The credits would be available to individuals earning less than $100 thousand per year and couples earning less than $200 thousand.
Assembly member Susan Bonilla authored the bill. She says students from all backgrounds should be able to afford a college education.
“This is a bill that, particularly for younger families, says we’re aware of the importance of college," says Bonilla. "But we’re also aware of the burden it’s going to cause and as a state we want to get behind you as you save.”
Bonilla says saving makes a difference because children with a college savings account attend college at a rate seven times higher than those without.
Bonilla says total student loan debt in California amounts to nearly $100 billion. Backers of the bill say that’s money that could be better spent boosting the state’s economy.
The bill will be heard in a policy committee in the coming weeks.
Tenth grade students at Encina High School speak out about President Donald Trump's Inaugural speech.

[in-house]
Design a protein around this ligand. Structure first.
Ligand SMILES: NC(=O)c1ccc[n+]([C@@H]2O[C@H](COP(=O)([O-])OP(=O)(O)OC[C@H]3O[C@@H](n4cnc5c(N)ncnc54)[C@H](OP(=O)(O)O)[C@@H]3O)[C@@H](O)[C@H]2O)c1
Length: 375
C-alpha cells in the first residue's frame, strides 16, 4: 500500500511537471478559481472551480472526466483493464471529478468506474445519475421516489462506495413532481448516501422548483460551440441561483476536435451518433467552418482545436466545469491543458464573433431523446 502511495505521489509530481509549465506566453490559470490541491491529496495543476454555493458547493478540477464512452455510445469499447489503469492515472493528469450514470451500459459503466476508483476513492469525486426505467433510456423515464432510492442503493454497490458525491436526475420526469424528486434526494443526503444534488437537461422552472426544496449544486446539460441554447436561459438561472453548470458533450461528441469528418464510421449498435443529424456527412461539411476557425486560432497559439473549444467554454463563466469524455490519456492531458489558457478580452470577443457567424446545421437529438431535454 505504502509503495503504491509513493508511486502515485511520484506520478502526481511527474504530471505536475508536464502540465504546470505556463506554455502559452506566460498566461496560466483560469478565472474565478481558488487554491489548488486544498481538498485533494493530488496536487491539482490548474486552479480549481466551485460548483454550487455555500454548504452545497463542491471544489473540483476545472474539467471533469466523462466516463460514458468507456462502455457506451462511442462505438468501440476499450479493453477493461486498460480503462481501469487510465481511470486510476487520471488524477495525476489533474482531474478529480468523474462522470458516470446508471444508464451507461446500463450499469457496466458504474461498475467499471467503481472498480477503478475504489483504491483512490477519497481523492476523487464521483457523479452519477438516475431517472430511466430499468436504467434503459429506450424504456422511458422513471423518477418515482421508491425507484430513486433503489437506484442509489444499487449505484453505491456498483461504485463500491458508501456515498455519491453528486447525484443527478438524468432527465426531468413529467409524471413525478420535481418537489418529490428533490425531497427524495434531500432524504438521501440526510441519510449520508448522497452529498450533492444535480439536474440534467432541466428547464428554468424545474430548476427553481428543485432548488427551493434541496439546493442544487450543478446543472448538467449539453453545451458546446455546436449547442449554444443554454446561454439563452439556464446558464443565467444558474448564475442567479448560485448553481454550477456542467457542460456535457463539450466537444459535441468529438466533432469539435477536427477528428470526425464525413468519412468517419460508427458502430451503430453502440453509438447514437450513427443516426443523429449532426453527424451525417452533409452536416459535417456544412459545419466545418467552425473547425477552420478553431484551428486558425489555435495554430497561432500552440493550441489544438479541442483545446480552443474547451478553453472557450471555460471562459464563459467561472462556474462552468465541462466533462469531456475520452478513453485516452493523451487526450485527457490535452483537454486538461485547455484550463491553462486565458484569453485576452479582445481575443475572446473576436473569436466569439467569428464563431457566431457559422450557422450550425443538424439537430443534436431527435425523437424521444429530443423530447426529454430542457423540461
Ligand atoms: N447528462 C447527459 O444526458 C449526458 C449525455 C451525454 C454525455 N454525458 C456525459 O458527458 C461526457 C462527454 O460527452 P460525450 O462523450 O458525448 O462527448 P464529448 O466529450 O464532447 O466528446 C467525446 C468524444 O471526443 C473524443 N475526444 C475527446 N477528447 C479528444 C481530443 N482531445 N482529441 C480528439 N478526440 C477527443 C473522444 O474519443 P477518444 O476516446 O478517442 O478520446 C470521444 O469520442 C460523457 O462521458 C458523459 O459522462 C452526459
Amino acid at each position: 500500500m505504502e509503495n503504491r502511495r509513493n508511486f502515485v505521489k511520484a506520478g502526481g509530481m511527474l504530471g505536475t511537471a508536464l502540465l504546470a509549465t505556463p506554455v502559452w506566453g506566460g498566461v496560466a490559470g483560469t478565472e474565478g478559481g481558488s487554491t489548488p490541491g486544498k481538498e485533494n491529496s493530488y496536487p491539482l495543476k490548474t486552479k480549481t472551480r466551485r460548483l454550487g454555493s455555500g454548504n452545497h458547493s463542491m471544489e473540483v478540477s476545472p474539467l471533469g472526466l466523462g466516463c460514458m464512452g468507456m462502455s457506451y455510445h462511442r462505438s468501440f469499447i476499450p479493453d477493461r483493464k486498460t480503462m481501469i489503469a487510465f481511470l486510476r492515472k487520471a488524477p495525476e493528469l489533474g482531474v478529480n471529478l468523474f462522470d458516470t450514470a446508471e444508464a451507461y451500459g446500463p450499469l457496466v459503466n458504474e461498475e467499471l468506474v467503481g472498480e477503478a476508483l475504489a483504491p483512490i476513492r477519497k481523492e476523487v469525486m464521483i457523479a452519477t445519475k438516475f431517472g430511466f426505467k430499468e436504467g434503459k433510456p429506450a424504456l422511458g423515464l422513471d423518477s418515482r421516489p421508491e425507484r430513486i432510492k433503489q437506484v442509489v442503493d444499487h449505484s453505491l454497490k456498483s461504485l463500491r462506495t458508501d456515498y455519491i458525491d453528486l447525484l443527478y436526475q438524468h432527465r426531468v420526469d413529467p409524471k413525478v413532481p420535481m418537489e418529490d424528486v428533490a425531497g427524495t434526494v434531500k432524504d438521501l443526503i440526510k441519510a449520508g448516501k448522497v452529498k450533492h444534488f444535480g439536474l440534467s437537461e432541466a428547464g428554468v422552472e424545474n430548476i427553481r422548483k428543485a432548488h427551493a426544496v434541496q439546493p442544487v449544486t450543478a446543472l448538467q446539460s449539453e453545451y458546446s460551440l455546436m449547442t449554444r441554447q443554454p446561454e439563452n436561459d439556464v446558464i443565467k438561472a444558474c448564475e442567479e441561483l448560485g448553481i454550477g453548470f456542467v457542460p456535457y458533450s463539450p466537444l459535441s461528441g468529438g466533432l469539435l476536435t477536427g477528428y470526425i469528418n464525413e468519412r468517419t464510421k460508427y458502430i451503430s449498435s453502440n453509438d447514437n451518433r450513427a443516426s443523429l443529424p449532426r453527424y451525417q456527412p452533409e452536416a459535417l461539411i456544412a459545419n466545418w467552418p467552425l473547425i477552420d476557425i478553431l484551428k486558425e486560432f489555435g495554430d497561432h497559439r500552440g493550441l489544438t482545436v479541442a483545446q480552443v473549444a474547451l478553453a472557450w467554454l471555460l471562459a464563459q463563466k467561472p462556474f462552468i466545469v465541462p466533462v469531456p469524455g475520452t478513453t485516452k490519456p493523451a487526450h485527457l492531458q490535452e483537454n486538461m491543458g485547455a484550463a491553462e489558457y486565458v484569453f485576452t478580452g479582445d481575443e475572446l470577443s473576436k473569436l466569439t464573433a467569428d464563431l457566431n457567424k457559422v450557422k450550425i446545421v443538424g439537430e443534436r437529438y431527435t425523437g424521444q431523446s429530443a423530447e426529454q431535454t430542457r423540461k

(AP) - The head of the school district in Reno, Nevada where a campus officer shot a knife-wielding high school student is praising the quick response that she says helped avert what could have been a much more dangerous situation.
Sacramento City Unified already has anti-deportation policies in place. This evening it will vote to be known as a “Safe Haven” for undocumented children and children of undocumented parents.
California schools can now apply to receive millions of dollars of computer supplies—part of a decade-old payout from a class-action settlement against Microsoft.
The head of the National Society of Black Engineers, Karl Reid, was in Sacramento Tuesday to take part in a forum at Washington Elementary School to get more low-income children of color on the right pathway to careers in science and engineering.